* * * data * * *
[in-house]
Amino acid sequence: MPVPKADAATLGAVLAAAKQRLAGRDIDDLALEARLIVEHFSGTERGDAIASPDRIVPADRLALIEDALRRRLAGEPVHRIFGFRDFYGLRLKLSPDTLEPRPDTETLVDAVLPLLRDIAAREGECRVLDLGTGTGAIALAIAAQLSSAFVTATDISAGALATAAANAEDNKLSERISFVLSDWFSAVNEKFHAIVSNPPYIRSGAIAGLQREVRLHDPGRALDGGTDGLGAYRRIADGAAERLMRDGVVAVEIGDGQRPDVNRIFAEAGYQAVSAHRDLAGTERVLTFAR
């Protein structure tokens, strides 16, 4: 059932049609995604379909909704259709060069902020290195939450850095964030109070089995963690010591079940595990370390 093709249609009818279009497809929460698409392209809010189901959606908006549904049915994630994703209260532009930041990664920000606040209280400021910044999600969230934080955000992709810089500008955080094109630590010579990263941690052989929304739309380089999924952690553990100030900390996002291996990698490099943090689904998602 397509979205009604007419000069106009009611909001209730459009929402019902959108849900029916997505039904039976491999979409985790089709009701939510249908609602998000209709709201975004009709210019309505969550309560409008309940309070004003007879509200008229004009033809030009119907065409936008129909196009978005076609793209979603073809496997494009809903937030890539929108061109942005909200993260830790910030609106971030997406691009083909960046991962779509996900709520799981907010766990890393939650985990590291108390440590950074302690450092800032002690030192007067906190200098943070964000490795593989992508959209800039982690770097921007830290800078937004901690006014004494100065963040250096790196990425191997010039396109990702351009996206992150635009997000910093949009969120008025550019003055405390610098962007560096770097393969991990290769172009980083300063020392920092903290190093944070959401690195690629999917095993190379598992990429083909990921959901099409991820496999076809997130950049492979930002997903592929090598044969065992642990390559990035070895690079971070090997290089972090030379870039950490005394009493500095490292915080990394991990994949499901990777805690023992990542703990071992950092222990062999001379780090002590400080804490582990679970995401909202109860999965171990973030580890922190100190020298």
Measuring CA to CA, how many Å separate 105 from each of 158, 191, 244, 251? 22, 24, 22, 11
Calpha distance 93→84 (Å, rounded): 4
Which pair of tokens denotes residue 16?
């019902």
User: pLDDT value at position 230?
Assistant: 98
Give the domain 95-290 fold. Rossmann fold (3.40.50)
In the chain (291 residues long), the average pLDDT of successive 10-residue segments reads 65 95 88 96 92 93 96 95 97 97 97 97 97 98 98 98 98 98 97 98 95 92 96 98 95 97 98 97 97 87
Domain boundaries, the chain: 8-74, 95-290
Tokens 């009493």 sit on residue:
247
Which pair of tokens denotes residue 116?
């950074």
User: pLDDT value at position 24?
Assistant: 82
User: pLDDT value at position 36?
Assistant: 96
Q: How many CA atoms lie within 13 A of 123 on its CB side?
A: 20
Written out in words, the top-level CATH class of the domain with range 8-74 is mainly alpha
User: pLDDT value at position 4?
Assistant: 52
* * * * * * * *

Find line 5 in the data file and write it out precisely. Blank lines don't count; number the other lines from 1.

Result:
Calpha distance 93→84 (Å, rounded): 4